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News

2016

“Honeycomb” of Nanotubes Could Boost Genetic Engineering

Wednesday, April 6, 2016

Electron microscopic image of animal cells on array of nanotubes

Electron microscope image of animal cells (colored blue) cultured on an array of carbon nanotubes

Researchers have developed a new and highly efficient method for gene transfer. The technique, which involves culturing and transfecting cells with genetic material on an array of carbon nanotubes, appears to overcome the limitations of other gene editing technologies.

The device, which is described in a study published today in the journal Small, is the product of a collaboration between researchers at the University of Rochester Medical Center (URMC) and the Rochester Institute of Technology (RIT).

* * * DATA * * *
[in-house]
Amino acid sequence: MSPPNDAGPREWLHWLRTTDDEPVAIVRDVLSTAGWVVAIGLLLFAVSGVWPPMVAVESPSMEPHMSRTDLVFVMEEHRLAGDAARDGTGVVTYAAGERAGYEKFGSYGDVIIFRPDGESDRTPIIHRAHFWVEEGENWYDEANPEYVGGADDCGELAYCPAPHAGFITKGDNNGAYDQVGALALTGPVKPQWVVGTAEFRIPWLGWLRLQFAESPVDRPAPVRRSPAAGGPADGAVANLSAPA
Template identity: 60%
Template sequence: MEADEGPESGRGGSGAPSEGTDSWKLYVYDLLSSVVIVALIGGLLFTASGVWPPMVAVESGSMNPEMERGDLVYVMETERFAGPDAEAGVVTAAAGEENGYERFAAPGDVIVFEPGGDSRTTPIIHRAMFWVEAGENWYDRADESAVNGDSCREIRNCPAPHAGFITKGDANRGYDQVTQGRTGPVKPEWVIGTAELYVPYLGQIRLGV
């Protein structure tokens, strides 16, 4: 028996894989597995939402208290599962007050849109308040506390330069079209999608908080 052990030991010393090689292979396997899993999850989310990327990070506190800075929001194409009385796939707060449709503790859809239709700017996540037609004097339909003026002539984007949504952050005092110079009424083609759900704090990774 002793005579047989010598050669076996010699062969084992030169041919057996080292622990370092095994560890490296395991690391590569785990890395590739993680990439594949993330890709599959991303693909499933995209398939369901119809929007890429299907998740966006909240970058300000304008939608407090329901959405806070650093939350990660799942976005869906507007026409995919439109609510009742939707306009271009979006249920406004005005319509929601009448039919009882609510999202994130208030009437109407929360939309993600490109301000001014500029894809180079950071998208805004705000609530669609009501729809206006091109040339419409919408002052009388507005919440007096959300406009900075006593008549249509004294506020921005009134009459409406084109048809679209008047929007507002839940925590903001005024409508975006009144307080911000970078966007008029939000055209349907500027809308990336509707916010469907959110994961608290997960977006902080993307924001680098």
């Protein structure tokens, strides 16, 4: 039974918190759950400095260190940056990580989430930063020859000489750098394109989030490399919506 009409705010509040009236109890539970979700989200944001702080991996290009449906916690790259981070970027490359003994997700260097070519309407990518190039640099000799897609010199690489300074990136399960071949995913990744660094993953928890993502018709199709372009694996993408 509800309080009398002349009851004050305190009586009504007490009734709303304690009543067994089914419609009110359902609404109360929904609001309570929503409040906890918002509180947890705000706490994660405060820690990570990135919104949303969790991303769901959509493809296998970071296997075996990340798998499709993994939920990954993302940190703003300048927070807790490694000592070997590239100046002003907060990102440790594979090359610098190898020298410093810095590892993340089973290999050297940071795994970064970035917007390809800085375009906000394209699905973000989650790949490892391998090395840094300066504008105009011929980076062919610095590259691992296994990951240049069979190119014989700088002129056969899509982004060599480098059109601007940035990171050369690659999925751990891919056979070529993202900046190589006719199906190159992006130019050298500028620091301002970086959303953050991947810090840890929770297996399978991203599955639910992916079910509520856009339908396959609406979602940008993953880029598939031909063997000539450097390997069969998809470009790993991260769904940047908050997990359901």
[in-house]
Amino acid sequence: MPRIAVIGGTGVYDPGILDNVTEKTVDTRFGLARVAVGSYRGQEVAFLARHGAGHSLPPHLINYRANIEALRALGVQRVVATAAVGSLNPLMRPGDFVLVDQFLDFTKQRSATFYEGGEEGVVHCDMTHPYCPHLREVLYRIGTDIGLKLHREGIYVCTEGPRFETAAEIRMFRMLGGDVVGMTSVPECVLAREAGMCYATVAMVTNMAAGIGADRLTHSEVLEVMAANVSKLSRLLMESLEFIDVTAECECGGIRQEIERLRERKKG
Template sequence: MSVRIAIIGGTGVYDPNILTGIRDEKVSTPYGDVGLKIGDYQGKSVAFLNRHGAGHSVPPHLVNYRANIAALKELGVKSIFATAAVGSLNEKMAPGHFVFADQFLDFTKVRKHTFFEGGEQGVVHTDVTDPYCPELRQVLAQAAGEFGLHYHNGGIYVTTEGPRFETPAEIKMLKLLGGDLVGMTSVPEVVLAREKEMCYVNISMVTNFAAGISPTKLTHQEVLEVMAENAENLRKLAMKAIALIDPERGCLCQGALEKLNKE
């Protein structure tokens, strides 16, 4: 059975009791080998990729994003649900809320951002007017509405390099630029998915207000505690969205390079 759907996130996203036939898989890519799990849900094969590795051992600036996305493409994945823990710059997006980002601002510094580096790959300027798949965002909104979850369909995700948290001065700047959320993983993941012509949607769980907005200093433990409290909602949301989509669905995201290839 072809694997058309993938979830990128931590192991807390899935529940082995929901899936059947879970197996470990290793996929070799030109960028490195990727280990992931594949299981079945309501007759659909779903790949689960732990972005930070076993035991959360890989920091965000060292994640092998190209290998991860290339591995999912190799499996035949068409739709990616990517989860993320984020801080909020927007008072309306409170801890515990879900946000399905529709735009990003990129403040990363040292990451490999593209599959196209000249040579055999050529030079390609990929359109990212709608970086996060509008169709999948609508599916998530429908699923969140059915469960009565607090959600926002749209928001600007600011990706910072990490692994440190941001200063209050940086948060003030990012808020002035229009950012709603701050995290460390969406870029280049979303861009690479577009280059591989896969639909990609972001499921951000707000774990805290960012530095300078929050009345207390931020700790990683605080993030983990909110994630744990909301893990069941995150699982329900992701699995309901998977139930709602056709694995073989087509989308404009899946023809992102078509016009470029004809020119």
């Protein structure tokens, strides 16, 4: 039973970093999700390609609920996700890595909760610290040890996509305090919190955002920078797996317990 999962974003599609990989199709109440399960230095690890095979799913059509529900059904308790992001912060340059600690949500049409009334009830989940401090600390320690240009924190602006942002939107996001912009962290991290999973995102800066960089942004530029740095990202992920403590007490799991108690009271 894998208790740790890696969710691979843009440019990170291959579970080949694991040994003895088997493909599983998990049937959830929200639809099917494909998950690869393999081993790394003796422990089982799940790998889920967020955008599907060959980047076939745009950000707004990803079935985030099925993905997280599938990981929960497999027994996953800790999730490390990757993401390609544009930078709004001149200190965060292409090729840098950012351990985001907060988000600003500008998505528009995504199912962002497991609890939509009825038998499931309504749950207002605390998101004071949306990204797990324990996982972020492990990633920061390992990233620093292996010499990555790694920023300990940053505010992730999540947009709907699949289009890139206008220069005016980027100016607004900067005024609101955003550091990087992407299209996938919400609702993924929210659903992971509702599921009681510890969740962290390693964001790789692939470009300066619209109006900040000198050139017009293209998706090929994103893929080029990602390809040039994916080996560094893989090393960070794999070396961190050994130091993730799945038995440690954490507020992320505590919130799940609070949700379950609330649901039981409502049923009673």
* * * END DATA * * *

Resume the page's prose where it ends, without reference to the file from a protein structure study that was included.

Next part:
“This platform holds the potential to make the gene transfer process more robust and decrease toxic effects, while increasing amount and diversity of genetic cargo we can deliver into cells,” said Ian Dickerson, Ph.D., an associate professor in the Department of Neuroscience at the URMC and co-author of the paper.

Read More: “Honeycomb” of Nanotubes Could Boost Genetic Engineering